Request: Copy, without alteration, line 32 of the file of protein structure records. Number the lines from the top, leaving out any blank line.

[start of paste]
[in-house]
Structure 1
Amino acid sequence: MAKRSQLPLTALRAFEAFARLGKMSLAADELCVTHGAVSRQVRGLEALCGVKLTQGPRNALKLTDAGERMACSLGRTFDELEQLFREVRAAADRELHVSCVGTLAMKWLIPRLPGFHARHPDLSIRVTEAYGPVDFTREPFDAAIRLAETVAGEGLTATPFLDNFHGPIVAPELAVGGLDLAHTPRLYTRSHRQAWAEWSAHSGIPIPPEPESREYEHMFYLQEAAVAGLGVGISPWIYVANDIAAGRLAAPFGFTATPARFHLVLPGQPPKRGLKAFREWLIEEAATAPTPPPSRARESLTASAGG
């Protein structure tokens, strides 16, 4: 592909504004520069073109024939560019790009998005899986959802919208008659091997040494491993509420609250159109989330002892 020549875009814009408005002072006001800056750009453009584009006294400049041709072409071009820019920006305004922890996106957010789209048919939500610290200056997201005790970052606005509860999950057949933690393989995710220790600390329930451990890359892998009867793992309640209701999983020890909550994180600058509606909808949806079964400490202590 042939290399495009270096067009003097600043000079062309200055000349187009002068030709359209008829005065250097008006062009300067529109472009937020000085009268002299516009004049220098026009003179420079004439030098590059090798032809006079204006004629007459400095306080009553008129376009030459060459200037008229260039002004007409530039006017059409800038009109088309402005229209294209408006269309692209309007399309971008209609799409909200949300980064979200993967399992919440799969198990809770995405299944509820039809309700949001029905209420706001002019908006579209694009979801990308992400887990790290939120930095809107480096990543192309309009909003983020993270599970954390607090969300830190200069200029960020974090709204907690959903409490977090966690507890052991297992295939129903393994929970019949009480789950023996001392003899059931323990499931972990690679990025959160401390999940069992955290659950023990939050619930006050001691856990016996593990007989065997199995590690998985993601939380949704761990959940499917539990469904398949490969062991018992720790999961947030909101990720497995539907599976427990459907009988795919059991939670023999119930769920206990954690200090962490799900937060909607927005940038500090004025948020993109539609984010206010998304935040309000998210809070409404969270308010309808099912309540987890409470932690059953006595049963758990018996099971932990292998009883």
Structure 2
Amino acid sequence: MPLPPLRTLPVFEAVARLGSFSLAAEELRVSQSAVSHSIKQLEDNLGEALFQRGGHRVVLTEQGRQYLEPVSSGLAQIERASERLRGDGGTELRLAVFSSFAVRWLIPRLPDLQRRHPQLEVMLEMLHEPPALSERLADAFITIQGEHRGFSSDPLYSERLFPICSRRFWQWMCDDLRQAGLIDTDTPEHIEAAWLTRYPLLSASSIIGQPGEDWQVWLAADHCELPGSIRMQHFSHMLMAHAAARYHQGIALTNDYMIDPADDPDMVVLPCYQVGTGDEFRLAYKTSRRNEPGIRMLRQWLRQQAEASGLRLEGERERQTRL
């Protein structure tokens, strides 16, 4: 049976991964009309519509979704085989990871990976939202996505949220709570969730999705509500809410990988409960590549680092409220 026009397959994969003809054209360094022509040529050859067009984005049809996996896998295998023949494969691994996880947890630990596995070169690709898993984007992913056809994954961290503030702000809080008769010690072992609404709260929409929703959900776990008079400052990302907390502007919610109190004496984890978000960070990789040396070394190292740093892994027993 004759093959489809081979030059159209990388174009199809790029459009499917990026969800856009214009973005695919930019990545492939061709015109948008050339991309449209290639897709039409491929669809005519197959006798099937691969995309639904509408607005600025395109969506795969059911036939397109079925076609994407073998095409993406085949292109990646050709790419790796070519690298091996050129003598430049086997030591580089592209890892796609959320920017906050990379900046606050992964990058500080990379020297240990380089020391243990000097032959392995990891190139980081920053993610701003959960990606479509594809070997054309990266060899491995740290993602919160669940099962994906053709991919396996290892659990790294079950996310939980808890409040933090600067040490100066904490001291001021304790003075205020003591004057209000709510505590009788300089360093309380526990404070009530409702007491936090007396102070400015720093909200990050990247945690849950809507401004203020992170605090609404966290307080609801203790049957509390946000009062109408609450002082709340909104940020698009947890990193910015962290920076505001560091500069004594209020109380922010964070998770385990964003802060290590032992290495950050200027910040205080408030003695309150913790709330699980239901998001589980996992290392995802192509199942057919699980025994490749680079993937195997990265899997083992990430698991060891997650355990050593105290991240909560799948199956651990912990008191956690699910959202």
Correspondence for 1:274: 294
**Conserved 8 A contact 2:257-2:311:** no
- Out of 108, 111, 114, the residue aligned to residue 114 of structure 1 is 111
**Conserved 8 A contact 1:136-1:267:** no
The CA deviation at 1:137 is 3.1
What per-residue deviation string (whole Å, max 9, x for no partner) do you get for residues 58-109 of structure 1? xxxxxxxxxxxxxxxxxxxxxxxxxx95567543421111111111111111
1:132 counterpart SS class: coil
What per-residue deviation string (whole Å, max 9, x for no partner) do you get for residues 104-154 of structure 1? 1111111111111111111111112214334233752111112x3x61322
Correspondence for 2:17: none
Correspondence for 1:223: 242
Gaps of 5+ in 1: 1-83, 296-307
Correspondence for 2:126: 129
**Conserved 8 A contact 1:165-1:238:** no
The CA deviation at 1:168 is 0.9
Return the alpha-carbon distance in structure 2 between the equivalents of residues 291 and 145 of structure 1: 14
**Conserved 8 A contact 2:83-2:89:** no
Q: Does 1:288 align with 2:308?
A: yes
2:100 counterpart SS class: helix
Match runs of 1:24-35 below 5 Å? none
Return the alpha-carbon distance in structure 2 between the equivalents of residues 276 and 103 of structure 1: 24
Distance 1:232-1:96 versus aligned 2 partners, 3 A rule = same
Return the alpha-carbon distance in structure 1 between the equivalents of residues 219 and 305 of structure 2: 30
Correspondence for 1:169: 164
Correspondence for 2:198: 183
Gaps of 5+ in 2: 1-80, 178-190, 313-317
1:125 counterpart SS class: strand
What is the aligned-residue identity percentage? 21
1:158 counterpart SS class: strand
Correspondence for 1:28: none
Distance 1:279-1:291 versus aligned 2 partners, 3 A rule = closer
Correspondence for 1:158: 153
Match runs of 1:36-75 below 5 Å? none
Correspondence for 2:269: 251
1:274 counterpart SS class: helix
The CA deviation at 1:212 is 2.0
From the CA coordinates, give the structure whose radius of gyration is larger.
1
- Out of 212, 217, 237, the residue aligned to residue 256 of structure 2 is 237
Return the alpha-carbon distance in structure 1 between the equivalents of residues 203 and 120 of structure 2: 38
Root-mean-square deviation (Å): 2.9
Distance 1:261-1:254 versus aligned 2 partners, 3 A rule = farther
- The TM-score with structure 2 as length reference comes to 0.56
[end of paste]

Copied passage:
Correspondence for 2:198: 183